NEPA to work with 15 companies on phase out of harmful refrigerants
The National Environment and Planning Agency (NEPA) says 15 companies in the refrigeration sector have been identified for assistance to fully phase-out the use of Hydrochlorofluorocarbon (HCFC), a goal it expects to reach in 24 years.
That plan will build on the accomplishments of Seal Sprayed Solutions Limited, a foam manufacturing company that took three years to complete its phase-out programme, and was compensated for the conversion last week.
Chlorofluorocarbons (CFCs), a family of chemical compounds used or purposes of refrigeration and spray can propellants, have already been phased out, but HCFCs have replaced them in some cases.
Like the chlorine from CFCs, HCFCs can damage the ozone layer, which the earth relies on as a shield from the sun's harmful ultraviolet rays.
Project manager and head of NEPA's Ozone Unit, Nicol Walker, says in the refrigeration servicing sector, 15 companies are on record as importing HCFCs and were assigned HCFC import quotas implemented in 2013.
These companies are to phase out HCFCs by December 2039, in line with the global time line. The phase-out is regulated under Trade Order 2014.
Locally, the HCFC phase-out plan, which is being implemented by NEPA, is being pursued with the assistance of the United Nations Development Programme (UNDP), and financial backing under the Mulilateral Fund for the Implementation of the Montreal Protocol.
The Montreal Protocol is an international treaty designed to protect the ozone layer by phasing out the production of numerous substances that are responsible for ozone depletion.
Seal Sprayed Solutions was the only Jamaican company identified through a survey as using HCFCs in the foam-manufacturing sector.
On August 12, the company received $545,750 from NEPA-funded from project funds as reimbursement for its purchase of an ozone and climate-friendly alternative to HCFCs.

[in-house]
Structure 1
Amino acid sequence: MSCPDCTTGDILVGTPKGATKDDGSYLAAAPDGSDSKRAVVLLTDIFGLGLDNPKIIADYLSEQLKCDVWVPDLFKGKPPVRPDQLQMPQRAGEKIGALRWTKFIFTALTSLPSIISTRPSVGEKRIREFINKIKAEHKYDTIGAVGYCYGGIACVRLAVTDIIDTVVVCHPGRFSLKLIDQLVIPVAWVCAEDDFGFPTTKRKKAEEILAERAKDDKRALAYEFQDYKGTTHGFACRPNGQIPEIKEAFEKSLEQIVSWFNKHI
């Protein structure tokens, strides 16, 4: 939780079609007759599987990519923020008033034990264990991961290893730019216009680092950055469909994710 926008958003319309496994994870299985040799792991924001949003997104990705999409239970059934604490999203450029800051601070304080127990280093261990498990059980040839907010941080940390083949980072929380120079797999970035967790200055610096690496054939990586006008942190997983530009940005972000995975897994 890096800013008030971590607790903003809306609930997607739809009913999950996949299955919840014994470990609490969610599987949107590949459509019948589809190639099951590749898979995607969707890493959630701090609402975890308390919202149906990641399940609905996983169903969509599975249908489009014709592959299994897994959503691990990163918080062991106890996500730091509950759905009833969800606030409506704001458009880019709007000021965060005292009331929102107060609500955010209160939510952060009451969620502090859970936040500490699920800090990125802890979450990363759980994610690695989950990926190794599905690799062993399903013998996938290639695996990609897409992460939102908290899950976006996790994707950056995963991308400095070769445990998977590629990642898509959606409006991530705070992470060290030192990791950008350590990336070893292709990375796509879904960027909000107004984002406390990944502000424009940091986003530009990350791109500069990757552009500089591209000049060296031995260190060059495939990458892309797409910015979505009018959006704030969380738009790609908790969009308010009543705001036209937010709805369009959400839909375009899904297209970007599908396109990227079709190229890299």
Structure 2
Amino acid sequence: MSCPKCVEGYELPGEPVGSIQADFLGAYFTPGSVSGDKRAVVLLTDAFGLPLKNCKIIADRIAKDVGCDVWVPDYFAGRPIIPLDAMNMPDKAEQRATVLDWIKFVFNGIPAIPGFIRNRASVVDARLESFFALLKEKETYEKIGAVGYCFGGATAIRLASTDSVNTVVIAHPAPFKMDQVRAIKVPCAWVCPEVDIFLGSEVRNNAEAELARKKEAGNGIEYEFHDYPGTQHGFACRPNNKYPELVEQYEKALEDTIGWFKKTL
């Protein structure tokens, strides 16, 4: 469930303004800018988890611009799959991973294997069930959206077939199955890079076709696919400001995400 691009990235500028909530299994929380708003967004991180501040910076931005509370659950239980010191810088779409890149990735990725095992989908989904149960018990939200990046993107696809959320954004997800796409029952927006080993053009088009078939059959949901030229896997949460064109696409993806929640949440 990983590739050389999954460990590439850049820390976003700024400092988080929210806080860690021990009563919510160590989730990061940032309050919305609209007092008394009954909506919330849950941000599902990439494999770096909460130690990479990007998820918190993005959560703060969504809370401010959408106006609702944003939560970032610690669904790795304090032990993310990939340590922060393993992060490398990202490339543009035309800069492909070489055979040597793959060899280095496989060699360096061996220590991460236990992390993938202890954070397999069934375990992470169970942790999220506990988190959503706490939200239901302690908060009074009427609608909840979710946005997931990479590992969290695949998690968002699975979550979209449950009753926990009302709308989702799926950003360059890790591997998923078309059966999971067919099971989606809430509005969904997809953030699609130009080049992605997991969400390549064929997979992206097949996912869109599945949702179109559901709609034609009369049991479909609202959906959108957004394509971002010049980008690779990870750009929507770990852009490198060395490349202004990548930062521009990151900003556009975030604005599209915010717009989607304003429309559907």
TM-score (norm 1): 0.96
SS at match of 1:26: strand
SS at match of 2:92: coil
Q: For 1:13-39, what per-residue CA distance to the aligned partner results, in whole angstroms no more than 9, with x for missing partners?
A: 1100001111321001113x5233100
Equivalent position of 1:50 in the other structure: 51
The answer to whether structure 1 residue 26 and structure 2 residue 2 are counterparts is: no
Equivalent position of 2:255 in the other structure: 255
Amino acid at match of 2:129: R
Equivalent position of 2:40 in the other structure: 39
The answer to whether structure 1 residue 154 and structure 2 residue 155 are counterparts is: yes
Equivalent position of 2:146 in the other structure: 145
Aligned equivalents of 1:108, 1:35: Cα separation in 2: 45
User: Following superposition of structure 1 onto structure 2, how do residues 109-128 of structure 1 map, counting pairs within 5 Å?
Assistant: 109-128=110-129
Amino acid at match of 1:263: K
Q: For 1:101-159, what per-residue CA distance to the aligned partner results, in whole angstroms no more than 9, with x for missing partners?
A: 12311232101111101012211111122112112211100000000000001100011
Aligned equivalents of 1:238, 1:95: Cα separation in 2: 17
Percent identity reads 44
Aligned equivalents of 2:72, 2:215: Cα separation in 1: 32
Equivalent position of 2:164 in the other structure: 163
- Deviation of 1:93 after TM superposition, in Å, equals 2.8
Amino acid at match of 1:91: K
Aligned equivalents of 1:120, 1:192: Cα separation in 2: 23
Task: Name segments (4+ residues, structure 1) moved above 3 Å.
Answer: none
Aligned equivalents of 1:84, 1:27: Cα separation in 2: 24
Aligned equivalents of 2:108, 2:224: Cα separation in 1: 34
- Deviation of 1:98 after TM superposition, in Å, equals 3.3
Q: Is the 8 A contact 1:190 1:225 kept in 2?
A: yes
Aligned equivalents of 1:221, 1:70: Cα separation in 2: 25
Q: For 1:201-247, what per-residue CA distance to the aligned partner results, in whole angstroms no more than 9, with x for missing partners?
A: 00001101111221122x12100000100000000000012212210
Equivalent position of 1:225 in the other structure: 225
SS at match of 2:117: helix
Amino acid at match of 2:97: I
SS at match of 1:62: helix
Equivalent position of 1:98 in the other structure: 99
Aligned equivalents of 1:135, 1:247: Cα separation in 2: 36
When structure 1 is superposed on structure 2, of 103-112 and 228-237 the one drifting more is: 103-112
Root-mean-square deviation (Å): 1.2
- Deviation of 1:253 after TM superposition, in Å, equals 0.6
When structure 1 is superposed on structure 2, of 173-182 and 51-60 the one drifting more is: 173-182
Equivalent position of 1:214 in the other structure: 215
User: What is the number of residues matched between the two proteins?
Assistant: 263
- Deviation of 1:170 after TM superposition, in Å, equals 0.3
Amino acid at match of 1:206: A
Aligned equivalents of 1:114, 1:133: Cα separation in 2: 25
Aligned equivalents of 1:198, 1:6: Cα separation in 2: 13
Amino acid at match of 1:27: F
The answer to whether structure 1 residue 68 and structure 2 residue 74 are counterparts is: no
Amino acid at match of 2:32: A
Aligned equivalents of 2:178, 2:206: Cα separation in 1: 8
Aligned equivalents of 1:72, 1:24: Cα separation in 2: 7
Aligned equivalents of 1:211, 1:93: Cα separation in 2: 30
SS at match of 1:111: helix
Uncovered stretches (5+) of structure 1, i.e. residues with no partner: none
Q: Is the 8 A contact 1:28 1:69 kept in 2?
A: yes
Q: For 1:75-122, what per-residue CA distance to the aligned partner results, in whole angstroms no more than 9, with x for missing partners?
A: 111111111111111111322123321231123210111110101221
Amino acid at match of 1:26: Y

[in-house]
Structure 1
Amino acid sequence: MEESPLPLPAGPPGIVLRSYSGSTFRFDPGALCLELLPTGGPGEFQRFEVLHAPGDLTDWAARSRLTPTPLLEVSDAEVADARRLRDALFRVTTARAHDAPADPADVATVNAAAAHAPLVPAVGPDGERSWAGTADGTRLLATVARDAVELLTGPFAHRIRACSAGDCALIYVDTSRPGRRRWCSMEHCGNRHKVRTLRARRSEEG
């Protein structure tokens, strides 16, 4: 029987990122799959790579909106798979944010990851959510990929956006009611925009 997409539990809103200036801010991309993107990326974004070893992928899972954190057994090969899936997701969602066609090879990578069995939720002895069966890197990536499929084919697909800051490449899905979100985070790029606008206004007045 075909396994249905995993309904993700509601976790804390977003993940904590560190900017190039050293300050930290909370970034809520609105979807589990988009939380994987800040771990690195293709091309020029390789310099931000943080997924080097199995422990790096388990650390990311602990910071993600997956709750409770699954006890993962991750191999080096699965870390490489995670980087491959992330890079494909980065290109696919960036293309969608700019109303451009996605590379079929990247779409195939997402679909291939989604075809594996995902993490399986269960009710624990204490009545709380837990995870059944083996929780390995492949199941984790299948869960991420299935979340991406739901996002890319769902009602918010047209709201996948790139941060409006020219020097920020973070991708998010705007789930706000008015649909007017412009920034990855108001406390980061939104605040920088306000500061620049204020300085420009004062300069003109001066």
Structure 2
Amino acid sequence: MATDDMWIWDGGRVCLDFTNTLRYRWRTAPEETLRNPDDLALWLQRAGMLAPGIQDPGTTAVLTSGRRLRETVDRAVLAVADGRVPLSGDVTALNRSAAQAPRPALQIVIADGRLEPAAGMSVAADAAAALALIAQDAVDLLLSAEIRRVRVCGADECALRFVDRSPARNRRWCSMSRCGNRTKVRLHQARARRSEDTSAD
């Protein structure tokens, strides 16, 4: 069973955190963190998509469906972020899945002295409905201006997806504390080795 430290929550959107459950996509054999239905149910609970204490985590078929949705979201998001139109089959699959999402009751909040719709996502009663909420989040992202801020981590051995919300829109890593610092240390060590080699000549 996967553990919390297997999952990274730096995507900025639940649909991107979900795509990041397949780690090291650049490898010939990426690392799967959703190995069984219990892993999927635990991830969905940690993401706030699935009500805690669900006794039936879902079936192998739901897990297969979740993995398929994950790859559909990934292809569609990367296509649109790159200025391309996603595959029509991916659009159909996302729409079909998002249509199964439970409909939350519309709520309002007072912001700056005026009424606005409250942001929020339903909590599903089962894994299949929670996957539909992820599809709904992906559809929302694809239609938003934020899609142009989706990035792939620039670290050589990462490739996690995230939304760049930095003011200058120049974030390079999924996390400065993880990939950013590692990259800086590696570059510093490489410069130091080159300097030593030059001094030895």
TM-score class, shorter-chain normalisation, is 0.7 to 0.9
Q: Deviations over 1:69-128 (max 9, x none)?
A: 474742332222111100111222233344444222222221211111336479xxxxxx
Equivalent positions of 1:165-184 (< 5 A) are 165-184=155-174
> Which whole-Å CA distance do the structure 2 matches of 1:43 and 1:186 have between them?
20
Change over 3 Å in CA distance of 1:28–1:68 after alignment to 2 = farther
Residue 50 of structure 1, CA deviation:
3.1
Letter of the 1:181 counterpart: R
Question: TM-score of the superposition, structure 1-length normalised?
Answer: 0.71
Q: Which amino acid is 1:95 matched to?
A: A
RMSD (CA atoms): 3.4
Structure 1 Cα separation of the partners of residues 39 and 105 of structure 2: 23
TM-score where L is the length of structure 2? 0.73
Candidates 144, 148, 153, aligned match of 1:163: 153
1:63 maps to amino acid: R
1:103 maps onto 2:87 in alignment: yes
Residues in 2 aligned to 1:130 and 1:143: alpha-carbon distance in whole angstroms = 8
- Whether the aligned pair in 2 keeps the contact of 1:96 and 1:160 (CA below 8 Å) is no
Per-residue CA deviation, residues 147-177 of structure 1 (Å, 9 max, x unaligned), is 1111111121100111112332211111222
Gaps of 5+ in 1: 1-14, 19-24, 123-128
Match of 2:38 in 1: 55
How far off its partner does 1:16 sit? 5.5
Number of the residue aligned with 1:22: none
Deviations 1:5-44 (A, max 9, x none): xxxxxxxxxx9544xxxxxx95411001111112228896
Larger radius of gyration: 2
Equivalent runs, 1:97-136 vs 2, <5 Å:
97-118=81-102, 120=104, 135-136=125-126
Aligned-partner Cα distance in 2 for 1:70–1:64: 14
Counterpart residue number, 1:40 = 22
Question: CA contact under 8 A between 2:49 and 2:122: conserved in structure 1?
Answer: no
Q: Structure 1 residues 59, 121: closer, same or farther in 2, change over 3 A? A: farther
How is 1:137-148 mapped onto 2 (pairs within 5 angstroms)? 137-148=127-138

Seal Sprayed worked with international experts, who provided training and other support, and its equipment was retrofitted for methylformate as alternative to the HCFCs. The company also got one year's compensation for the increased operational costs incurred as a result of the conversion.
Walker told Wednesday Business that the UNDP component of the phase out plan is funded at US$578,450 for stage one implementation in the refrigeration servicing sector, which deals with refrigerators and air-conditioning units in homes and businesses.
Disbursements to Jamaica started in 2011 and will go up to 2020, with Walker noting that the funds provided are adequate for the job up to stage one.
However, more money will be needed for a second stage, which will involve replacement and retrofitting of equipment within the refrigeration sector. The latter budget is also still under review, Walker said.
The 15 companies are:
Jamaica Public Service Company Limited
Tropical Air-Conditioning and Refrigeration Company Limited
Modern Refrigeration Limited
Appliance Traders Limited
BJ Hanna and Sons Limited
CAC 2000 Limited
Troy Traders Limited
Comfort Systems Limited
Donald Witter Limited
Modern Refrigeration Limited
Quality Distributors and Manufacturing Limited.